MITOCHONDRIAL MYOPATHY: AN ENERGY CRISIS IN THE CELLS
by Sharon Hesterlee

This is the first of a two-part Quest series about mitochondrial myopathy. This article covers the basic biology of mitochondria and explains inheritance patterns and determinants of severity in mitochondrial diseases. Part 2 will discuss diagnosis and treatment, including a look at new information about mitochondrial diseases in the research pipeline.

We all know what it's like to drive or ride in a car that isn't performing at its peak; we know from experience that trouble-shooting the problem can be a difficult, costly proposition.

In some ways, the cells in our bodies are like little mechanical devices that occasionally break down. They have a lot of parts, some moving and some not, each with a specific role to perform in the cell. An endless variety of things can go wrong in the cell, affecting the entire body's ability to perform.

We can compare a cell with muscular dystrophy to a car with cracks in the frame. The cracks become slightly wider whenever the car is driven. In the same vein, a cell with mitochondrial disease might be compared to a car that's only running on three cylinders. No matter how much gas you put into the car, without a fully operating engine it's not going to go over 25 miles per hour.

In each of our cells, the mitochondria (singular: mitochondrion) make up the equivalent of a car's engine. These tiny biological machines combine the food we eat with oxygen to produce energy to keep our bodies going. The energy produced by the mitochondria is stored in the form of a chemical called adenosine triphosphate, or ATP.

In addition to making energy, mitochondria are also deeply involved in a variety of other activities, such as making steroid hormones and manufacturing the building blocks of DNA. Each cell in our body contains, on average, between 500 and 2,000 of these hard-working machines. When the mitochondria aren't functioning properly, an "energy crisis" can develop in tissues such as muscle, brain and heart, which normally are heavy energy consumers.

Just as engine problems can slow or stop a car, problems with mitochondria can bring the body to a halt.

William Duff of Orchard Run, W.Va., who was once an avid hiker, suspected he might have a problem when he started getting tired on the trail and having to take frequent breaks. Then the muscles in his legs began to contract spontaneously all of the time. A mitochondrial disease called MELAS was diagnosed two years ago.

Duff suggests that having MELAS is like experiencing old age at 37.

"Any kind of exertion brings on fatigue. Sometimes I get up in the morning and I just have no energy at all," he says. "It's hard to explain. Just simple daily functions are very tiring."

{Photo of Downs family}
The Downs Family
Duff's spontaneous muscle contractions have spread throughout his extremities, trunk and face. Now he's also having trouble with drooping eyelids, memory deficits, stomach reflux, and difficulty absorbing nutrients.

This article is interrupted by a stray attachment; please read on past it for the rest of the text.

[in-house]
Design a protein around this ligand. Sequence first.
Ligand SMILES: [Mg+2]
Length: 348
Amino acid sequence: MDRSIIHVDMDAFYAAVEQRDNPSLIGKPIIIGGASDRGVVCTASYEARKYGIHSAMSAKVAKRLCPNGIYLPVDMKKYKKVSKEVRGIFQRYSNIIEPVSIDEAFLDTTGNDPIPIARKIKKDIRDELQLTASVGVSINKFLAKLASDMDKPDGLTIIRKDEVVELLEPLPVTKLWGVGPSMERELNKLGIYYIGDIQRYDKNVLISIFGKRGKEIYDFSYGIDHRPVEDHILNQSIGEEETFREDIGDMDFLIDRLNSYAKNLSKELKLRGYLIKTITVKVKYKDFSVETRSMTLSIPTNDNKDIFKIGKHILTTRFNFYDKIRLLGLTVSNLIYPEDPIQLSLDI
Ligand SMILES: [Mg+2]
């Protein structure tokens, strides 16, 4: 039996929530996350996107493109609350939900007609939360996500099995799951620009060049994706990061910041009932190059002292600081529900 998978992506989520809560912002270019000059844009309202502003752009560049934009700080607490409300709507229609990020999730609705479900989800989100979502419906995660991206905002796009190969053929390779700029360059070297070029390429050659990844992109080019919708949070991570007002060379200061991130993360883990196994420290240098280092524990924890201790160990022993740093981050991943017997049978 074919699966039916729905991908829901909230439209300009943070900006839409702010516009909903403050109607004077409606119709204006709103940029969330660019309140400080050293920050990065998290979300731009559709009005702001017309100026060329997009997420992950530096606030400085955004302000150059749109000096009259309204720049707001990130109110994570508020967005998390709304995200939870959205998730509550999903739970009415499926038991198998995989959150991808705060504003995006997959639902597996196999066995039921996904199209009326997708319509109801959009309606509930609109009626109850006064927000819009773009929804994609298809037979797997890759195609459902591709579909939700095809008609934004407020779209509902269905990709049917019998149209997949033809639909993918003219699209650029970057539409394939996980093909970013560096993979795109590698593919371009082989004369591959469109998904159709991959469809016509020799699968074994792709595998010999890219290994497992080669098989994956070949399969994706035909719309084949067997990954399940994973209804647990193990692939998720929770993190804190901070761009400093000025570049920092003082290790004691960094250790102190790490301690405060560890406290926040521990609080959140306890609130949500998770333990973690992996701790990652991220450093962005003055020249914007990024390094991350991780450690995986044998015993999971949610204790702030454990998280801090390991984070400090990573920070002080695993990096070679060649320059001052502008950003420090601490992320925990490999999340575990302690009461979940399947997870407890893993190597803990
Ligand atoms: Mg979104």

For Lori and Jeff Downs of North Reading, Mass., their daughter Alycia's mitochondrial disease has meant an uphill battle to cope with her severe gastrointestinal problems.

"Alycia was a normal-term baby and her birth was fairly normal," says Lori Downs. "The first problem that we had was with her feeding -- it was just a struggle. It would take her an hour to take that half an ounce and she would sweat and struggle, and she wasn't gaining weight."

The Downses eventually worked out a feeding solution for Alycia by boosting her calorie intake and making the nipple easier to use. Now almost 4 years old, Alycia still struggles with gaining weight, and has some muscle weakness, drooping eyelids, difficulty maintaining her balance and focused cognitive deficits.

The experiences of Duff and the Downs family illustrate just a few of the different manifestations of mitochondrial disease. In the same way that a car can show many different signs of engine problems, mitochondrial diseases -- of which hundreds of varieties have been identified -- can cause a complex variety of symptoms.

These include muscle weakness, muscle cramps, seizures, food reflux, learning disabilities, deafness, short stature, paralysis of eye muscles, diabetes, cardiac problems and strokelike episodes, to name a few. The symptoms can range in severity from life-threatening to almost unnoticeable, sometimes taking both extremes in members of the same family.

Because some people have specific subsets of these symptoms, clinical researchers have grouped those that occur together into "syndromes," producing a bewildering array of descriptive acronyms such as MELAS (mitochondrial encephalomyopathy with lactic acidosis and strokelike episodes) or MERFF (myoclonus epilepsy with ragged red fibers).

You may also hear the terms "mitochondrial myopathy" (indicating muscle involvement) or "mitochondrial encephalomyopathy" (indicating brain and muscle involvement). MDA covers diseases in both of these categories, which include many different syndromes (see mitochondrial encephalomyopathies chart, below).

The mitochondrial encephalomyopathies and myopathies are typically caused by defects in a part of the mitochondrion known as the respiratory chain or the electron transport chain. To see exactly how these diseases occur, see "What Mitochondria Do and What Can Go Wrong."

COMMON MITOCHONDRIAL DISEASES AFFECTING MUSCLE